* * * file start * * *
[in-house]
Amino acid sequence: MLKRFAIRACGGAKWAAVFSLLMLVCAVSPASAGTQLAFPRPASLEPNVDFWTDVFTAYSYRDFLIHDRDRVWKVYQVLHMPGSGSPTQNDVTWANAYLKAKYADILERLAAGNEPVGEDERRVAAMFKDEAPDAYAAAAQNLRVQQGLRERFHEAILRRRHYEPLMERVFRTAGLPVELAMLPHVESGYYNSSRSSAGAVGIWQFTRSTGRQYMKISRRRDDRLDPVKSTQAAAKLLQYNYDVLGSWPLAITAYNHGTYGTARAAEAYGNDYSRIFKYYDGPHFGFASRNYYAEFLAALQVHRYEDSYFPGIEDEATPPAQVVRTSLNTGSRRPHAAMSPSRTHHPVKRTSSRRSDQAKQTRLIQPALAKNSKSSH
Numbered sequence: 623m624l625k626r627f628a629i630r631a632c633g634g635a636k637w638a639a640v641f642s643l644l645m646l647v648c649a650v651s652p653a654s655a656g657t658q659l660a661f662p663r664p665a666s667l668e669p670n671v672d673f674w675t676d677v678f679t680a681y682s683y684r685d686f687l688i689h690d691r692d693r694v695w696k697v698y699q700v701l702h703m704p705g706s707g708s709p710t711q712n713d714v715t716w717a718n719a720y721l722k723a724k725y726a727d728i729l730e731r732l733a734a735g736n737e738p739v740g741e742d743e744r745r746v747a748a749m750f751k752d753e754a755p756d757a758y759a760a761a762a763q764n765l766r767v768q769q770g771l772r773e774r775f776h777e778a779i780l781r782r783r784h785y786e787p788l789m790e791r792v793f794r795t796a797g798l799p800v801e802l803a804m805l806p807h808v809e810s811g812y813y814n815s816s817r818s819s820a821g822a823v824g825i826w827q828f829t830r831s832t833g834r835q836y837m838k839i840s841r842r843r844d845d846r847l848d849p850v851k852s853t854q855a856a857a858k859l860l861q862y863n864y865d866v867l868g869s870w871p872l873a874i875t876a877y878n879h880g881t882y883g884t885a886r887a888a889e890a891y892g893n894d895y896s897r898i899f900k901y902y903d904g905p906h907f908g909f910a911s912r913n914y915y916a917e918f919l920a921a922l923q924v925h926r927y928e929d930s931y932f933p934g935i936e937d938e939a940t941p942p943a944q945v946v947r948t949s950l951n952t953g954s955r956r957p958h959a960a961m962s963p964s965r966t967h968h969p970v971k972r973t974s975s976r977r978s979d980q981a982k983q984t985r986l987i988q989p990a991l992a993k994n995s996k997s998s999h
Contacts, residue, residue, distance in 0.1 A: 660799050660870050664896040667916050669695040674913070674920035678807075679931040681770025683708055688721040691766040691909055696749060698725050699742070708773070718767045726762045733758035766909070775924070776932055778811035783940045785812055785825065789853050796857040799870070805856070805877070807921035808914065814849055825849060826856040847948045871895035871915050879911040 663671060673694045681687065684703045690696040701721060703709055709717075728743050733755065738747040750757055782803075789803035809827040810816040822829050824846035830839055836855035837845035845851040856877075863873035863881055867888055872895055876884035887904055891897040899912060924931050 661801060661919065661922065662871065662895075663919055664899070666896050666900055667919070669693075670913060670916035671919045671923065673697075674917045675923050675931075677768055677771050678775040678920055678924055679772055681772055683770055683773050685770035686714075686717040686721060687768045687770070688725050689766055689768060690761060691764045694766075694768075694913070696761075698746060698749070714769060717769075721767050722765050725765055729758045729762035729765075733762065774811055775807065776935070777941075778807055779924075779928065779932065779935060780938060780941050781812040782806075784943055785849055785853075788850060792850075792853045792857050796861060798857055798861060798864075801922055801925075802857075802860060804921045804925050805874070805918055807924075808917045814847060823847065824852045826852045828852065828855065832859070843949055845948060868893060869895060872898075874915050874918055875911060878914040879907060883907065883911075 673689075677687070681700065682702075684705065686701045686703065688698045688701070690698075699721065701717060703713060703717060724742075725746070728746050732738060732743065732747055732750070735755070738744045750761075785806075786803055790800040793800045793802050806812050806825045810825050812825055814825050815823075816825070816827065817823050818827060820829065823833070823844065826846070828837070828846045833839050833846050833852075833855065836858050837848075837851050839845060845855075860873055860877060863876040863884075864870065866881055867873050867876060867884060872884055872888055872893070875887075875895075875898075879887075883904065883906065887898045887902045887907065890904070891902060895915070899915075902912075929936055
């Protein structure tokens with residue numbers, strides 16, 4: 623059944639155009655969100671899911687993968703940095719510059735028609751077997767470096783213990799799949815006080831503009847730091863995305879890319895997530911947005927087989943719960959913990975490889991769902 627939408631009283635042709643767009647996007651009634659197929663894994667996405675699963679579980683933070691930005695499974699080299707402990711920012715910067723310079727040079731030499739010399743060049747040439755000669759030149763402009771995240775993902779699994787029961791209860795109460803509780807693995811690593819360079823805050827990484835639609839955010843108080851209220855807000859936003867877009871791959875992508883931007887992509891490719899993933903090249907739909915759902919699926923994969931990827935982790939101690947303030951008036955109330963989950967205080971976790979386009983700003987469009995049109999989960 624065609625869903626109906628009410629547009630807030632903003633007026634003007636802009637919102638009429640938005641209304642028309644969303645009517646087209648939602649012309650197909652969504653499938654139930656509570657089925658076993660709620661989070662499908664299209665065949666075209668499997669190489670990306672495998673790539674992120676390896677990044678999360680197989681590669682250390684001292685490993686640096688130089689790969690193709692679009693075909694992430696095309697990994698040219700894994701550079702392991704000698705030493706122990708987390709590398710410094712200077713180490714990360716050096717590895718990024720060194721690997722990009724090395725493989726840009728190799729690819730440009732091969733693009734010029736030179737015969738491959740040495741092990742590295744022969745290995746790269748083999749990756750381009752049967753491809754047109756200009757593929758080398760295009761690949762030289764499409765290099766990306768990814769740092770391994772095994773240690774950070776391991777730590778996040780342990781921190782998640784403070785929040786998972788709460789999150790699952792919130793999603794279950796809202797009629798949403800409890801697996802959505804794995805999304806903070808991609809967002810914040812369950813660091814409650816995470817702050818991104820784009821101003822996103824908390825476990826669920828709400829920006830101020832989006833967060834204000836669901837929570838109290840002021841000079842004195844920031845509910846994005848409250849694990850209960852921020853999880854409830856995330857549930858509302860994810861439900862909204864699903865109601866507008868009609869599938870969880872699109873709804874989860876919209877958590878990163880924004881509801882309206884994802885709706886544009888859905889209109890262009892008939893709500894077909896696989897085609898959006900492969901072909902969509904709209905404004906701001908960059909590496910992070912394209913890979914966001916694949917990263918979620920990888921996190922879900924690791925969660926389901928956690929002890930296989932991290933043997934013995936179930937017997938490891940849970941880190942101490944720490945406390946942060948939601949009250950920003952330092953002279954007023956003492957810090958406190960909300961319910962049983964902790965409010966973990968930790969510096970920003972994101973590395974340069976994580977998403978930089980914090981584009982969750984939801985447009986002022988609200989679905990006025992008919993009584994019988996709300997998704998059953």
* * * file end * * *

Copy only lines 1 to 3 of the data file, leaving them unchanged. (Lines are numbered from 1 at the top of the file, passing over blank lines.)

[in-house]
Amino acid sequence: MLKRFAIRACGGAKWAAVFSLLMLVCAVSPASAGTQLAFPRPASLEPNVDFWTDVFTAYSYRDFLIHDRDRVWKVYQVLHMPGSGSPTQNDVTWANAYLKAKYADILERLAAGNEPVGEDERRVAAMFKDEAPDAYAAAAQNLRVQQGLRERFHEAILRRRHYEPLMERVFRTAGLPVELAMLPHVESGYYNSSRSSAGAVGIWQFTRSTGRQYMKISRRRDDRLDPVKSTQAAAKLLQYNYDVLGSWPLAITAYNHGTYGTARAAEAYGNDYSRIFKYYDGPHFGFASRNYYAEFLAALQVHRYEDSYFPGIEDEATPPAQVVRTSLNTGSRRPHAAMSPSRTHHPVKRTSSRRSDQAKQTRLIQPALAKNSKSSH
Numbered sequence: 623m624l625k626r627f628a629i630r631a632c633g634g635a636k637w638a639a640v641f642s643l644l645m646l647v648c649a650v651s652p653a654s655a656g657t658q659l660a661f662p663r664p665a666s667l668e669p670n671v672d673f674w675t676d677v678f679t680a681y682s683y684r685d686f687l688i689h690d691r692d693r694v695w696k697v698y699q700v701l702h703m704p705g706s707g708s709p710t711q712n713d714v715t716w717a718n719a720y721l722k723a724k725y726a727d728i729l730e731r732l733a734a735g736n737e738p739v740g741e742d743e744r745r746v747a748a749m750f751k752d753e754a755p756d757a758y759a760a761a762a763q764n765l766r767v768q769q770g771l772r773e774r775f776h777e778a779i780l781r782r783r784h785y786e787p788l789m790e791r792v793f794r795t796a797g798l799p800v801e802l803a804m805l806p807h808v809e810s811g812y813y814n815s816s817r818s819s820a821g822a823v824g825i826w827q828f829t830r831s832t833g834r835q836y837m838k839i840s841r842r843r844d845d846r847l848d849p850v851k852s853t854q855a856a857a858k859l860l861q862y863n864y865d866v867l868g869s870w871p872l873a874i875t876a877y878n879h880g881t882y883g884t885a886r887a888a889e890a891y892g893n894d895y896s897r898i899f900k901y902y903d904g905p906h907f908g909f910a911s912r913n914y915y916a917e918f919l920a921a922l923q924v925h926r927y928e929d930s931y932f933p934g935i936e937d938e939a940t941p942p943a944q945v946v947r948t949s950l951n952t953g954s955r956r957p958h959a960a961m962s963p964s965r966t967h968h969p970v971k972r973t974s975s976r977r978s979d980q981a982k983q984t985r986l987i988q989p990a991l992a993k994n995s996k997s998s999h